My fourth year began with my one month Sub-Internship (Sub-I) in the adult Intensive Care Unit (ICU). For those unfamiliar, as sub-I’s, fourth year medical students are typically given similar responsibilities as an intern (first year resident) in acting as the primary provider and communicator for their patients. This invaluable experience helps medical students enhance critical thinking and decision-making before entering residency, because it allows students to participate in all aspects of care including: evaluating, examining, diagnosing, treating, and managing the patient (of course with supervision).
I had been in the ICU a few times on clerkships during 3rd year for a few of our patients for extra monitoring, and had come to form my own assumptions that it was an intimidating place filled with lots of machines, chaos, and irreversible sickness. The view I had painted was one of fear, exhaustion, and sadness. However, like most things in life, you never know what something is truly like until you experience it. I admit that some of the ways I had envisioned the ICU were inescapable and true. However, once I learned how the ICU operated and understood how tough situations and complex decisions were thought out and managed in a piece by piece manner, my perspectives about this part of the hospital significantly changed and this ended up being one of my favorite rotations to date.
In the ICU, I saw the delicate tug between fragility and resilience in patients. The individuals on these units are often very sick, fighting for their lives. It is remarkable to see patients who you thought were not going to make it, suddenly improve after caring for them for weeks, creating a truly joyful moment for both the medical team and the family. Unfortunately, there were also many patients who did not make it despite our best efforts. However, as a team we had the privilege of caring for and providing comfort until the end to allow them to pass in peace and with dignity.
I saw first hand the difficulties in sometimes separating emotions from clinical medicine when trying to make decisions. This highlighted the significance of communication and transparency with patients, their families, and within medical teams to allow patients to live the end of their lives in the most comfortable way possible based on their morals, beliefs, values, and what matters most to them.
I came to realize the ICU embodies qualities of a patient and family centered environment. For those patients who are unable to voice their choices of medical care, family members become integral members of the team by giving input about their loved one’s perceived wishes (or what they think the patient would have wanted), which helps guide our decisions regarding how much or how little intervention to proceed with. Open communication with the family plays an important role because that allows the family to build a more trusting relationship with the team. This then translates into better patient care because the family is more comfortable and better able to make decisions about what is best for the patient, which can sometimes mean using minimal intervention to sustain life and keep the patient comfortable near the end.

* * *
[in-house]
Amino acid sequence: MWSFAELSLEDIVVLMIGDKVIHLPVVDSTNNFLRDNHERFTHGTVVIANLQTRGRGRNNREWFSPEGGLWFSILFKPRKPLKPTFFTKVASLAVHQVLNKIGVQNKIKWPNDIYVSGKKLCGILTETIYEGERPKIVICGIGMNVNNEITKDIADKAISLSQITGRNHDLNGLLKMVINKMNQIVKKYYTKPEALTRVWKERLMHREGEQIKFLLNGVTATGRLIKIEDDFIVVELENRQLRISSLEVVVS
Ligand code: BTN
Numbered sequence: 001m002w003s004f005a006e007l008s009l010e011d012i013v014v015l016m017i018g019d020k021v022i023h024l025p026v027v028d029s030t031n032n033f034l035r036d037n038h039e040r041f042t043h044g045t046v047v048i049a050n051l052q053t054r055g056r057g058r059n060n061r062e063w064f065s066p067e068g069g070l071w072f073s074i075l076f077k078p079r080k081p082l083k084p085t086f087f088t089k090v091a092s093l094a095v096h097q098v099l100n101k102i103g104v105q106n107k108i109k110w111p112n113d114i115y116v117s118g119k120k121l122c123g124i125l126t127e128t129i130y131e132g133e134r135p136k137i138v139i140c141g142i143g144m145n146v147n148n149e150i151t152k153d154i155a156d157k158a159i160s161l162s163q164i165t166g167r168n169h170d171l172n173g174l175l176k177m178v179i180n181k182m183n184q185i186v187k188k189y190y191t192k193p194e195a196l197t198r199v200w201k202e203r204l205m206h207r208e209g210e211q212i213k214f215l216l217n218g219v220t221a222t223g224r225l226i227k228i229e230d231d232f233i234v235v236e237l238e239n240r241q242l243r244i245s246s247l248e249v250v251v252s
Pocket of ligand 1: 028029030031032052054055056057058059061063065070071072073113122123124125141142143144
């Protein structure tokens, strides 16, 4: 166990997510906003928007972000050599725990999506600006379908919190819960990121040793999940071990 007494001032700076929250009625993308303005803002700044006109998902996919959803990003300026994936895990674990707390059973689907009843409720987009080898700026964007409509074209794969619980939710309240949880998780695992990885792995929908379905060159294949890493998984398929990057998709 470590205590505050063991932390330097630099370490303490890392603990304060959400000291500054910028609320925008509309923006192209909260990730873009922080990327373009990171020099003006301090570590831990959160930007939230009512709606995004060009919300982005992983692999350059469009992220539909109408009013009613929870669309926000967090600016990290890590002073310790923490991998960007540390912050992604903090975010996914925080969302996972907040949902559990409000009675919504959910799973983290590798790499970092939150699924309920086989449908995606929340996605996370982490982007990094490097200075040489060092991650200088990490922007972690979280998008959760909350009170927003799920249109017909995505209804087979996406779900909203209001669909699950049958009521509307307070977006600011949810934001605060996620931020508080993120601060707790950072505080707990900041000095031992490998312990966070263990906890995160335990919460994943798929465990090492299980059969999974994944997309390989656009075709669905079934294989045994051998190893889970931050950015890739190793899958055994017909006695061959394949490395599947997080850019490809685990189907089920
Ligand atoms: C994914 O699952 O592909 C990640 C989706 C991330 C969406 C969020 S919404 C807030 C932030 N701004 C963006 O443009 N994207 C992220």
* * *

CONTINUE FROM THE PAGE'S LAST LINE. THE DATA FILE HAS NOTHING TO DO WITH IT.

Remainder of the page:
Families coming together to make decisions on behalf of their loved ones at the end of life placed me in unfamiliar and uncomfortable situations, yet allowed me to realize the importance of these intimate, tough conversations. As medical students in the first two years, our focus is learning how to diagnose, maintain health, and treat. Rarely are we taught about end-of-life topics in the pre-clinical years and the ethical and complicated dilemmas that tend to come with such situations. Exposure to these clinical situations occurs during clerkships. At first it is hard to let go of the mindset that we should use all the tools at our disposal to sustain life, rather than accept that in some scenarios additional medical interventions may be futile and cause more harm than good, especially when the intervention will not change the outcome or prognosis and further hinder quality of life.
In addition to the medical treatment, this rotation further emphasized the equal importance in compassionately supporting, comforting, and being there for the patient and their family members. Even if medically nothing else can be or should be done, listening, empathizing, caring, spending time with the patient, hearing stories from family members and investing in the patient beyond illness can create a sense of healing.
The fast-paced, dynamic, busy environment of the ICU kept me on my toes. Constant learning, partaking in family discussions with our team and other sub-specialists, observing and performing procedures, understanding how ultrasound aids in diagnosing and decision-making, and having the support of the palliative care team allowed for an intense, rewarding experience.